“Miss Monitor”

Miss Monitor

Tedi Thurman, aka “Miss Monitor”

Here she is — “Miss Monitor.” Her real name is Tedi Thurman — the woman who, in “Monitor’s” early years, gave weather forecasts in a manner that New York Times media critic Jack Gould described as “an irresistible invitation to an unforgettable evening.”

Tedi was a fashion model and actress who had appeared on several TV shows. That turned out to be her ticket to “Monitor,” where she gave weather forecasts for cities in a way that they’d never been given before — in an alluring voice with lush music playing in the background.

The first time you heard that presentation, you’d never forget it — or “that voice.”

(The weather forecasts were real — except for the time when “Monitor” host Henry Morgan set Tedi’s script on fire from the bottom up. Then, she had to make up some of the temperatures.)

She was a smash hit on “Monitor” — so much so that she appeared in a movie trailer for Dean Martin’s “Ten Thousand Bedrooms” flick as, yes, “Miss Monitor” (and thanks to Kent Coscarelly for that piece of information).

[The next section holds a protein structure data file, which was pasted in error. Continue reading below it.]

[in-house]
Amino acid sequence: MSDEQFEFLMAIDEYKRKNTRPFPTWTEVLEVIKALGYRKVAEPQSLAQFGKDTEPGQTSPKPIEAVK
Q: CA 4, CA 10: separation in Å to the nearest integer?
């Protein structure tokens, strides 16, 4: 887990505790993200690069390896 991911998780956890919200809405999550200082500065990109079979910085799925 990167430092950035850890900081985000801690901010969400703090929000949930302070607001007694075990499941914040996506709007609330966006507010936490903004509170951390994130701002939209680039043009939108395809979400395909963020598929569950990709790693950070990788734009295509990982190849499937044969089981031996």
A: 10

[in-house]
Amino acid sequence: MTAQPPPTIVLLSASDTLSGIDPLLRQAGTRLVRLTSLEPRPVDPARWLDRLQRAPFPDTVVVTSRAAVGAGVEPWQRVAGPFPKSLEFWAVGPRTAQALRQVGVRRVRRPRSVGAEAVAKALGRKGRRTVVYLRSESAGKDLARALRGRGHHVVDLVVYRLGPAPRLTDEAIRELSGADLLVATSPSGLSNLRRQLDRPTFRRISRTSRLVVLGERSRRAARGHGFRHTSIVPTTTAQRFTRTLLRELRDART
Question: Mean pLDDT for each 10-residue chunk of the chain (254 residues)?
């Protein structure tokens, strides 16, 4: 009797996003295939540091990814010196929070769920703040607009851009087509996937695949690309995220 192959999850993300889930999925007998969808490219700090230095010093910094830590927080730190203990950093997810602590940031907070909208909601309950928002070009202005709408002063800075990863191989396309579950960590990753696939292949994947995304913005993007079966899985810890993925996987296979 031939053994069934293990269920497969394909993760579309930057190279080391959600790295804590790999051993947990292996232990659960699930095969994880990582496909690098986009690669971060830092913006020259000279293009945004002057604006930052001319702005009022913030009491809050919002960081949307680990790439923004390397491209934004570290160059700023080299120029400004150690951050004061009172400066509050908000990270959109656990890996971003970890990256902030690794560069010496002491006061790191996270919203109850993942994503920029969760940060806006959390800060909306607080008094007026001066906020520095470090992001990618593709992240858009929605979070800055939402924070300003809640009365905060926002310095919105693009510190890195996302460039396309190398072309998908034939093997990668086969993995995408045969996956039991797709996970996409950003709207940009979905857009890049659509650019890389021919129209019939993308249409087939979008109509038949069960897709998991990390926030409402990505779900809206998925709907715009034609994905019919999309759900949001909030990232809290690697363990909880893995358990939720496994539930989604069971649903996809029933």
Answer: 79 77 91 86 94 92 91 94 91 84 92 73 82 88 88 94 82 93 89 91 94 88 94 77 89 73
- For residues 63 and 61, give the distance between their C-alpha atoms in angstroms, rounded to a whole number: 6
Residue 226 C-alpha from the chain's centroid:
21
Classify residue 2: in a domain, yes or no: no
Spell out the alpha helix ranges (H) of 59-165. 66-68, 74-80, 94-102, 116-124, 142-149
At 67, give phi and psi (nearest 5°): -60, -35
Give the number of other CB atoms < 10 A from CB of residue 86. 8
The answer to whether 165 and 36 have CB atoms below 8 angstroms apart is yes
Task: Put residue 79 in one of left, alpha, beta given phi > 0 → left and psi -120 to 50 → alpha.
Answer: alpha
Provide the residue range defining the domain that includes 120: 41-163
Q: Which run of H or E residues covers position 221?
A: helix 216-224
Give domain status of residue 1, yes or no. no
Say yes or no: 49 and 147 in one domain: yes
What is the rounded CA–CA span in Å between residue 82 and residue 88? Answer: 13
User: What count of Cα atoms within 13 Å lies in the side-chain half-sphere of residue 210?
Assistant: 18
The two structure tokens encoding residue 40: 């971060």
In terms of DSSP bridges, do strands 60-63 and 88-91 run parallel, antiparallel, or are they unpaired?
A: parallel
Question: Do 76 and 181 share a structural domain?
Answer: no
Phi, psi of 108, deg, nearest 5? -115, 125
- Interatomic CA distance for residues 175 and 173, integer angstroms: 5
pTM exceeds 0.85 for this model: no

You can hear “Miss Monitor” by clicking on the Miss Monitor audio link.

Editor’s note:  Tedi Thurman died in Palm Springs in September 2012 at the age of 89.    I was privileged to meet her at the Monitor reunion in Manhattan in 2004 — several years after I first talked with her by phone for my books on Monitor.  She was always, in a word, delightful.  She loved having been on Monitor and was, decades later, surprised that someone (me) was interested in chronicling the program.  She told me that she still had friends and acquaintances who remembered “Miss Monitor” — and who asked her to reprise the role at parties and other gatherings.

In the years after we met, she talked by phone often, and she always expressed her happiness that I had kept Monitor’s memory alive. I always, and honestly, expressed my delight to have met her and gotten to know the woman whom I had adored listening to.

I will miss Tedi very much, and I will never forget her and her broadcasting legacy. She was — without doubt — a great lady.